• Mercury use in dental amalgams

[3] NGOs Letter to the European Commission - The EU and its Member States should rapidly ratify the Minamata Convention on mercury, 14 December 2015

http://www.zeromercury.org/index.php?option=com_phocadownload&;view=file&id=199:the-european-union-eu-and-its-member-states-ms-should-rapidly-ratify-the&Itemid=15

[4] Over the past year, it has become more apparent than ever that the global mercury crisis is affecting the food we eat.  Mercury concentrations in tuna are increasing at a rate of 3.8 percent or more per year, according to a new study that suggests rising atmospheric levels of the toxin are to blame. This correlates with recent studies showing that mercury levels in the global environment are set to double by 2050, if current pollution and deposition rates continue. More information: http://www.sciencedaily.com/releases/2015/02/150202151217.htm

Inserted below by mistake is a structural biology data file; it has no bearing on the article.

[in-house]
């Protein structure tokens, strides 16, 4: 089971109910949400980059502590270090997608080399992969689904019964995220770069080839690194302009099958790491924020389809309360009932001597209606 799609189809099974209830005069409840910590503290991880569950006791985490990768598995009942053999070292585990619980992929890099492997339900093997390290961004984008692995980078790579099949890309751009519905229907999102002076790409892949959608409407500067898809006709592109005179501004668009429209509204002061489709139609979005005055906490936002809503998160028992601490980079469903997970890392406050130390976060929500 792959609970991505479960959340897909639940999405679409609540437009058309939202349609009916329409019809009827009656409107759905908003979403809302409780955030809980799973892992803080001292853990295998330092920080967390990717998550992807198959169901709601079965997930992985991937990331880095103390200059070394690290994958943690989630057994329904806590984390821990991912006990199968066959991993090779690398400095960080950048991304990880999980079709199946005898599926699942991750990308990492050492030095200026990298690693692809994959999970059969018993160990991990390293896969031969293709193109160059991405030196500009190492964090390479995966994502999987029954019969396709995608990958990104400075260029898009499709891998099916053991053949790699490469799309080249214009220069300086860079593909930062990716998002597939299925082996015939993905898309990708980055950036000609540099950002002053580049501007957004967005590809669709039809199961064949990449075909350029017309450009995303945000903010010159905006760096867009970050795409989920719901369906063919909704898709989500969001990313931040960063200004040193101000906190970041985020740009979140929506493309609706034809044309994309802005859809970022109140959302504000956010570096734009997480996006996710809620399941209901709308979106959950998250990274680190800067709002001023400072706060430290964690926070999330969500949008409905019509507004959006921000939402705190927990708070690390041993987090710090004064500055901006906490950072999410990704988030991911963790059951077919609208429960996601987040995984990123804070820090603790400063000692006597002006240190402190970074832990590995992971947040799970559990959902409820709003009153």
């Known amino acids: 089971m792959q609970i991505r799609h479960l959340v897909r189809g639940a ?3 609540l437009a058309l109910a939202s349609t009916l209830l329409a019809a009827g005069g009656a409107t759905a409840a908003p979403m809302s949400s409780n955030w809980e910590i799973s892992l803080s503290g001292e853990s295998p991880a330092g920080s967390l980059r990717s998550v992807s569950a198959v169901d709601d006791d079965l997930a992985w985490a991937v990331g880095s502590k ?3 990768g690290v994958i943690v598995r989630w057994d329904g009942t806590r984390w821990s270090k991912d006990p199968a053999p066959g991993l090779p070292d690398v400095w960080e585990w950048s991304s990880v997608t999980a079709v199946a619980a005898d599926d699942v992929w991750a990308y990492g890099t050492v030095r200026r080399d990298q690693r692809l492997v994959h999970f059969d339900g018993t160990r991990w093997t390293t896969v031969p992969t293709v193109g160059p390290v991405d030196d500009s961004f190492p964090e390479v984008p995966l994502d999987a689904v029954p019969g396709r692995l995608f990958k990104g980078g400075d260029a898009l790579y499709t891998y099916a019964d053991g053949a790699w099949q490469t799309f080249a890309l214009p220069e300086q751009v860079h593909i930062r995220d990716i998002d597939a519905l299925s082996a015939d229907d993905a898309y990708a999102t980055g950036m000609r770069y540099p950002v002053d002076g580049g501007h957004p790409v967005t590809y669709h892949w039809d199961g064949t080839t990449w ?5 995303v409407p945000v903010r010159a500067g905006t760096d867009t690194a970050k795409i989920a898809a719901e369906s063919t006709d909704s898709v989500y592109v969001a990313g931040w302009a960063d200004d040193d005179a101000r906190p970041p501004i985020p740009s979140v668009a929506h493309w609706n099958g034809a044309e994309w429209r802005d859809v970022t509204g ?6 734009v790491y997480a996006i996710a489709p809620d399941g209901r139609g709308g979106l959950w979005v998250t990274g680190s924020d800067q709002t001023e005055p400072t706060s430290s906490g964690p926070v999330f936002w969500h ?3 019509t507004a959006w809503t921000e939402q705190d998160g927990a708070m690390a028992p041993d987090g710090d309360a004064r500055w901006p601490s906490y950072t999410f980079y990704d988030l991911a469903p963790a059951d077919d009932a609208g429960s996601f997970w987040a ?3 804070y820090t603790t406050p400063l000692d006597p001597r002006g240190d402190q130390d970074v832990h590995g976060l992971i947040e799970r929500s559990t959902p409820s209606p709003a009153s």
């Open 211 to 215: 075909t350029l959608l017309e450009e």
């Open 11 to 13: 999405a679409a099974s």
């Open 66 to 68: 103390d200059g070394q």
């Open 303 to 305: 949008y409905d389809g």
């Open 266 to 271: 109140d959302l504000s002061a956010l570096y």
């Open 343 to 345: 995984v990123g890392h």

Home Press Releases ZMWG Blog - Summary of Mercury Intergovernmental Negotiation Committee (INC) 6
ZMWG Blog - Summary of Mercury Intergovernmental Negotiation Committee (INC) 6 PDF Print
Friday, 07 November 2014 09:19
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Summary of Mercury Intergovernmental Negotiation Committee (INC) 6

[7November 2014, Bangkok]

The Zero Mercury Working Group (Zero Mercury) closely followed the Mercury INC 6 negotiations in Bangkok, 3-7 November 2014.  These negotiations were held in preparation for the first meeting of the Conference of Parties once the Minamata Convention enters into force. 

Our main priorities for INC 6 were related to how to best translate the Convention’s requirements into measureable and substantial reductions in global mercury use, trade and emissions.   We also noted that monitoring and reporting data are vital to determining compliance, ensuring accountability and enhancing interest by donors in supporting the Convention — both now and into the future.